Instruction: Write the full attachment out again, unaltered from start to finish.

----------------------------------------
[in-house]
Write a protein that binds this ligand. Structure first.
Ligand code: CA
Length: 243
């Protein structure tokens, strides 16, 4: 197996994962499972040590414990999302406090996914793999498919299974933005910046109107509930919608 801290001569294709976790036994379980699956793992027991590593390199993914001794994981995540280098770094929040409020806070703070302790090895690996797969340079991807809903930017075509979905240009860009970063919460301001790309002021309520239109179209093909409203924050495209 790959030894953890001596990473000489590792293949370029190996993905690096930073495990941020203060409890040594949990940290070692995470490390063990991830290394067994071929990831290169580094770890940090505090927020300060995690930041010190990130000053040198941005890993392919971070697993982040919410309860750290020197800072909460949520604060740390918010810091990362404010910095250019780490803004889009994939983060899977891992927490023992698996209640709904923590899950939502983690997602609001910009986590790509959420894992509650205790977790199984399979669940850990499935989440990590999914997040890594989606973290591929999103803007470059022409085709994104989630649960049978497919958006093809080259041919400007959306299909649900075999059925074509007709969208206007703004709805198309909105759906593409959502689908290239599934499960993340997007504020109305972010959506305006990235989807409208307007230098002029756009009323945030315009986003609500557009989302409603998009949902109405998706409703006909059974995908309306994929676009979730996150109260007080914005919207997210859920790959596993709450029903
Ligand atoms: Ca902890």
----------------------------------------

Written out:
[in-house]
Write a protein that binds this ligand. Structure first.
Ligand code: CA
Length: 243
């Protein structure tokens, strides 16, 4: 197996994962499972040590414990999302406090996914793999498919299974933005910046109107509930919608 801290001569294709976790036994379980699956793992027991590593390199993914001794994981995540280098770094929040409020806070703070302790090895690996797969340079991807809903930017075509979905240009860009970063919460301001790309002021309520239109179209093909409203924050495209 790959030894953890001596990473000489590792293949370029190996993905690096930073495990941020203060409890040594949990940290070692995470490390063990991830290394067994071929990831290169580094770890940090505090927020300060995690930041010190990130000053040198941005890993392919971070697993982040919410309860750290020197800072909460949520604060740390918010810091990362404010910095250019780490803004889009994939983060899977891992927490023992698996209640709904923590899950939502983690997602609001910009986590790509959420894992509650205790977790199984399979669940850990499935989440990590999914997040890594989606973290591929999103803007470059022409085709994104989630649960049978497919958006093809080259041919400007959306299909649900075999059925074509007709969208206007703004709805198309909105759906593409959502689908290239599934499960993340997007504020109305972010959506305006990235989807409208307007230098002029756009009323945030315009986003609500557009989302409603998009949902109405998706409703006909059974995908309306994929676009979730996150109260007080914005919207997210859920790959596993709450029903
Ligand atoms: Ca902890």